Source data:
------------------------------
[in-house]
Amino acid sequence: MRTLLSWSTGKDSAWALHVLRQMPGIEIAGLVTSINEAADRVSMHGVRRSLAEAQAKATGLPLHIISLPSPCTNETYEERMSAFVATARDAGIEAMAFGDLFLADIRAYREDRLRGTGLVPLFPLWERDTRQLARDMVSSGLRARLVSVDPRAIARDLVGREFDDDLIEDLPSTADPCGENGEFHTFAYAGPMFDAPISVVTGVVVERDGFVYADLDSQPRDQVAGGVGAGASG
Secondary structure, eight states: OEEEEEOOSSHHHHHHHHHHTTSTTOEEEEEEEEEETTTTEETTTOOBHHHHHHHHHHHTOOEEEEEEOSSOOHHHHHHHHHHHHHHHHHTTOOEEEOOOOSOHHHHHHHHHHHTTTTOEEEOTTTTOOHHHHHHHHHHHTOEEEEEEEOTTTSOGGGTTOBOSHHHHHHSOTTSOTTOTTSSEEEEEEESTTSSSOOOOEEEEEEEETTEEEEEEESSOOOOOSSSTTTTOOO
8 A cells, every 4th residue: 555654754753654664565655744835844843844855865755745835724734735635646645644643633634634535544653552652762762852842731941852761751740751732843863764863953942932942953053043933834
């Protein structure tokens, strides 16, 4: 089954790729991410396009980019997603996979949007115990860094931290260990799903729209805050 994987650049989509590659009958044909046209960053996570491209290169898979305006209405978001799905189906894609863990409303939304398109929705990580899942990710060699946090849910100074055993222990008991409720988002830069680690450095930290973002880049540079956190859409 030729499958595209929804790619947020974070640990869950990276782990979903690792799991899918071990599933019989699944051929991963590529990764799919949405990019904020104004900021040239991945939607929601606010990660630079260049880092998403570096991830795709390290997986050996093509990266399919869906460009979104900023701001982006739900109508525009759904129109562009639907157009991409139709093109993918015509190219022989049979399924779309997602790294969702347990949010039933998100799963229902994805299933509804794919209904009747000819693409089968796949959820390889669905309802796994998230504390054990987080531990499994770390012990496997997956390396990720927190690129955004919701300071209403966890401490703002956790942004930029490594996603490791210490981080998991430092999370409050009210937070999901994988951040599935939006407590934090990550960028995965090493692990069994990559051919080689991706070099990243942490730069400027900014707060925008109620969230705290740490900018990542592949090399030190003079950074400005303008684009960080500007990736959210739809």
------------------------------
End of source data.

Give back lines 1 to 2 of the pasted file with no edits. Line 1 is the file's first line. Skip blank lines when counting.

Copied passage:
[in-house]
Amino acid sequence: MRTLLSWSTGKDSAWALHVLRQMPGIEIAGLVTSINEAADRVSMHGVRRSLAEAQAKATGLPLHIISLPSPCTNETYEERMSAFVATARDAGIEAMAFGDLFLADIRAYREDRLRGTGLVPLFPLWERDTRQLARDMVSSGLRARLVSVDPRAIARDLVGREFDDDLIEDLPSTADPCGENGEFHTFAYAGPMFDAPISVVTGVVVERDGFVYADLDSQPRDQVAGGVGAGASG